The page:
Bibliographic Citation:Donnelly, Erin, Donnelly, Erin; 2017-03-04; I discuss the categorization, causes, symptoms, and treatments of ‘illnesses of imbalance’ in Choapan Zapotec (CHO), an endangered Eastern Oto­Manguean language spoken in Oaxaca, Mexico. The term ‘illnesses of imbalance’ describes illnesses that are the result of an imbalance in the hot and cold ‘humors’ in the body, as well as those that result from the disruption of normal emotional­spiritual regulation. I use these data to suggest that, just as grammatical documentation is language­driven, so should documentation of medical and spiritual knowledge be culture­driven. Illnesses of imbalance in CHO comprise two major categories: those resulting from spiritual, mental, or emotional imbalance, and those caused by disruption of balance between the body’s hot and cold forces (likened to Greek humors; cf. Hernández Sáenz and Foster 2001:22). Illnesses resulting from spiritual, mental, and emotional imbalances are caused by: malicious spirits, sudden fright, or an overpowering of negative emotions. These are all imbalances in the sense that something has disrupted a person’s stable, regulated emotional and spiritual state. Malicious spirits can steal people or cause life­threatening accidents, confusion, sadness, or physical pain (Author 2009; Dow 2001:74­77). A person’s own negative emotions, like worry or anger, can cause physical illnesses, including colic, diabetes, and gallbladder rupture (Author 2009). Illnesses coming from a sudden fright (Spanish susto) are the most varied. Anything can cause a sudden fright, or CHO ͡tsebiʔ, but common causes include suddenly encountering a dangerous animal, seeing a corpse, or taking a bad fall. A person’s life­force sometimes stays where the ͡tsebiʔ occurred. If the life­force is not recovered, the person will die (Author 2009; Dow 2001:83; Lipp 2001:110). Unlike emotional­spiritual imbalances, illnesses from a hot/cold imbalance only manifest physically. They range from minor inconveniences to deadly diseases, and include asthma, cracked skin on the hands or feet, tuberculosis, nosebleed, rheumatism, and ‘womb coldness’. External physical forces cause hot/cold imbalances within the body. These include bathing in or drinking cold water (especially if the body is hot from physical labor) and prolonged sun exposure (Author 2009). These varied illnesses seem completely unrelated from the Western medical­cultural perspective. This represents a crucial lesson for documentary linguists: just as a language’s grammar dictates how we describe it (and not our impositions of how a grammar should be), documentation of medical and spiritual knowledge should not be influenced by our own cultural understandings of health and healing. References Author, Investigación de Enfermedades en el Zapoteco de Choapan. Unpublished manuscript, 2009. James W. Dow, Central and North Mexican Shamans, vol. Mesoamerican Healers (Brad R. Huber and Alan R. Sandstrom, eds.), University of Texas Press, 2001, pp. 66­94. Luz María Hernández Sáenz and George M. Foster, Curers and Their Cures in Colonial New Spain and Guatemala, vol. Mesoamerican Healers (Brad R. Huber and Alan R. Sandstrom, eds.), University of Texas Press, 2001, pp.19­46. Frank J. Lipp, A Comparative Analysis of Southern Mexican and Guatemalan Shamans, vol. Mesoamerican Healers (Brad R. Huber and Alan R. Sandstrom, eds.), University of Texas Press, 2001, pp. 95­116.; Kaipuleohone University of Hawai'i Digital Language Archive;http://hdl.handle.net/10125/42007.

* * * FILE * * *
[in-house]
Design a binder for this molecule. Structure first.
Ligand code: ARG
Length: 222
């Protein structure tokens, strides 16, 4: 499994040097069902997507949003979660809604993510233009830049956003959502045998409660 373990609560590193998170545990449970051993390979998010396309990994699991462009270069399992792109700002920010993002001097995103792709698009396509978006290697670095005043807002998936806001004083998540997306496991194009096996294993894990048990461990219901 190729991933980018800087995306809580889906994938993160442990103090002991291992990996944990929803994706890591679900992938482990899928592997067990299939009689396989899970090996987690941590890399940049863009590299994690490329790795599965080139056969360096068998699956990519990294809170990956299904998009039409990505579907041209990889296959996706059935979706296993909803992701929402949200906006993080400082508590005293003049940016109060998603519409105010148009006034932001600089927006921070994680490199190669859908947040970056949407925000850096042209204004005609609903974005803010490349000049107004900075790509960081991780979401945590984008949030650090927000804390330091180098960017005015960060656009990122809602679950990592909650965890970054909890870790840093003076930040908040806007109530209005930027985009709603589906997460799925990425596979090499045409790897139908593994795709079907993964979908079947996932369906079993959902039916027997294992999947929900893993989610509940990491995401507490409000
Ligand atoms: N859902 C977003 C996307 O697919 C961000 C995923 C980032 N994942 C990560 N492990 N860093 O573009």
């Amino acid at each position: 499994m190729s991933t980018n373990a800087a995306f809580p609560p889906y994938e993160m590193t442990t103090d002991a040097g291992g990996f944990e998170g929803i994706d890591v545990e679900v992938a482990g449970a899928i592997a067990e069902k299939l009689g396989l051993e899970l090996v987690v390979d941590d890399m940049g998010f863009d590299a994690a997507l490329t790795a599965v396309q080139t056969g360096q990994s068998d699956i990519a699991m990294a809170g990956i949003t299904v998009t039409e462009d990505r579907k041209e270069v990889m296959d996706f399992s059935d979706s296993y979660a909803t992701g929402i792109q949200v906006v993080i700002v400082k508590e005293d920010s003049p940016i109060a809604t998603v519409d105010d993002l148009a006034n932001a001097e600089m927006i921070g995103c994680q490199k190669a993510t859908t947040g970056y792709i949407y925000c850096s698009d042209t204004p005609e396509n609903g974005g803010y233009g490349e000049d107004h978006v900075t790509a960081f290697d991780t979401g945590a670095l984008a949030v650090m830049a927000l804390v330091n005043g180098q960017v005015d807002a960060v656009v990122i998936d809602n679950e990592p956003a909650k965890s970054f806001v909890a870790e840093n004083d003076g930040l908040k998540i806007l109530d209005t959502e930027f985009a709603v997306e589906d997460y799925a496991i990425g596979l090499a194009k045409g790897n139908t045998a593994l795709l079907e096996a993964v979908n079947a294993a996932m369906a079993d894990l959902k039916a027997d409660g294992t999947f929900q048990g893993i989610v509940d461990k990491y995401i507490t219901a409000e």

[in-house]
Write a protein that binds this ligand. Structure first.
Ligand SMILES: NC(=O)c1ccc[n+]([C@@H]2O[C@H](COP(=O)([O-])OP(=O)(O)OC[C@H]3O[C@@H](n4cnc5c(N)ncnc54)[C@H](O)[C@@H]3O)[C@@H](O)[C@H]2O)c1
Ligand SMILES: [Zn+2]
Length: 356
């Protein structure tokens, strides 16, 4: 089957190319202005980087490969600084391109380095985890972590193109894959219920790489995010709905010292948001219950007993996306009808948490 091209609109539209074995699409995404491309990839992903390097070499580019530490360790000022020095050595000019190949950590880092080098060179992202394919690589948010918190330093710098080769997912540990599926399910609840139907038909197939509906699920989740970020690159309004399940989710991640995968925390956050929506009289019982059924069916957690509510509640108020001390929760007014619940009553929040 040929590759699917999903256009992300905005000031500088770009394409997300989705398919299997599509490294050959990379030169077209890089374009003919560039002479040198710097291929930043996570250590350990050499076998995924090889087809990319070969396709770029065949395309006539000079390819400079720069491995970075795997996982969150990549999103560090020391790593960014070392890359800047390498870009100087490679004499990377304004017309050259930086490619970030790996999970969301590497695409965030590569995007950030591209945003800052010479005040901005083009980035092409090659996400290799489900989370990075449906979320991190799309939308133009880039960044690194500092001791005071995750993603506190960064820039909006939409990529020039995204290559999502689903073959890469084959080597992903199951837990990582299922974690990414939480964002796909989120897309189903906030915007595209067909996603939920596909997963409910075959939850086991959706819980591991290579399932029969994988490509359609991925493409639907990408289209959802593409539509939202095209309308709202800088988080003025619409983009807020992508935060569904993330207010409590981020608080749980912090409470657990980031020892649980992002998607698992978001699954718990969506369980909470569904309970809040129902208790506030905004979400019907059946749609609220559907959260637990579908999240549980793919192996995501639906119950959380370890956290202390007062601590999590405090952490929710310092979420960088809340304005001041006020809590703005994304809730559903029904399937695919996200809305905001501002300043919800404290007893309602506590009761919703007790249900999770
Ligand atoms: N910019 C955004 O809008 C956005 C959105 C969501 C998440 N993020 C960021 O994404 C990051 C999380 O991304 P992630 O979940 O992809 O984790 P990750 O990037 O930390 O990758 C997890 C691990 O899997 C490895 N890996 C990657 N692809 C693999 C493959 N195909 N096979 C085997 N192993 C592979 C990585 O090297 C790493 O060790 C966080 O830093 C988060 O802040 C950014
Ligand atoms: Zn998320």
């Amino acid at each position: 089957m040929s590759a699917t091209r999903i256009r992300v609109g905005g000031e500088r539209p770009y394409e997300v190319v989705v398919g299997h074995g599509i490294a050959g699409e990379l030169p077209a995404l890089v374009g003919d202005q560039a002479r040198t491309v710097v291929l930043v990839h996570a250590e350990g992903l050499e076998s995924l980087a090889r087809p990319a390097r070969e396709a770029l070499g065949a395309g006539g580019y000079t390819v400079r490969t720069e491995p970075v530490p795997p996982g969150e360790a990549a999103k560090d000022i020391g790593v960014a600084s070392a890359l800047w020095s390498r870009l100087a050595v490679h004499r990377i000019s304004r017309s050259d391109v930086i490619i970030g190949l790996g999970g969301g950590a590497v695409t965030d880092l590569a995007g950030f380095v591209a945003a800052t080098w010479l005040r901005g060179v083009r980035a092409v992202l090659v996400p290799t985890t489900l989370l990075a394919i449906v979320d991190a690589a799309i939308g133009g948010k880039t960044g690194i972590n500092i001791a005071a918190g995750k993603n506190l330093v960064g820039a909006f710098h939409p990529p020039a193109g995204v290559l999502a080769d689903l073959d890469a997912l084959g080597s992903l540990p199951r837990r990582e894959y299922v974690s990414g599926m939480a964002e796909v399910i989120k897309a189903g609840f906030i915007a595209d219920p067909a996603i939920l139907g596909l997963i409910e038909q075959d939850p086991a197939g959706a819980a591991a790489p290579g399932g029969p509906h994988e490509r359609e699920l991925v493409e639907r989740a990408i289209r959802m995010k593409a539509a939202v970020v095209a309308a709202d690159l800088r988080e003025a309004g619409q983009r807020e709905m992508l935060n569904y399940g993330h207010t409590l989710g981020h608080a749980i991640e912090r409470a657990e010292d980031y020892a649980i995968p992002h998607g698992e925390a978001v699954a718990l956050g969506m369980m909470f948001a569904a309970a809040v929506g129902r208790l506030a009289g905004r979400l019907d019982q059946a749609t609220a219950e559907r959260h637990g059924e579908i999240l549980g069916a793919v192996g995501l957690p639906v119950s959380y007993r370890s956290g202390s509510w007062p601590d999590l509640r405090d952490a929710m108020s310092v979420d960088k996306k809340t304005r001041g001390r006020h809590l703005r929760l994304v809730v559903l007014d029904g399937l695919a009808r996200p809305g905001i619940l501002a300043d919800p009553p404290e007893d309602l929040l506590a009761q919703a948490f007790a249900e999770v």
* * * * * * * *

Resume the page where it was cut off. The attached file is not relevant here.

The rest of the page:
Contributor (speaker):Donnelly, Erin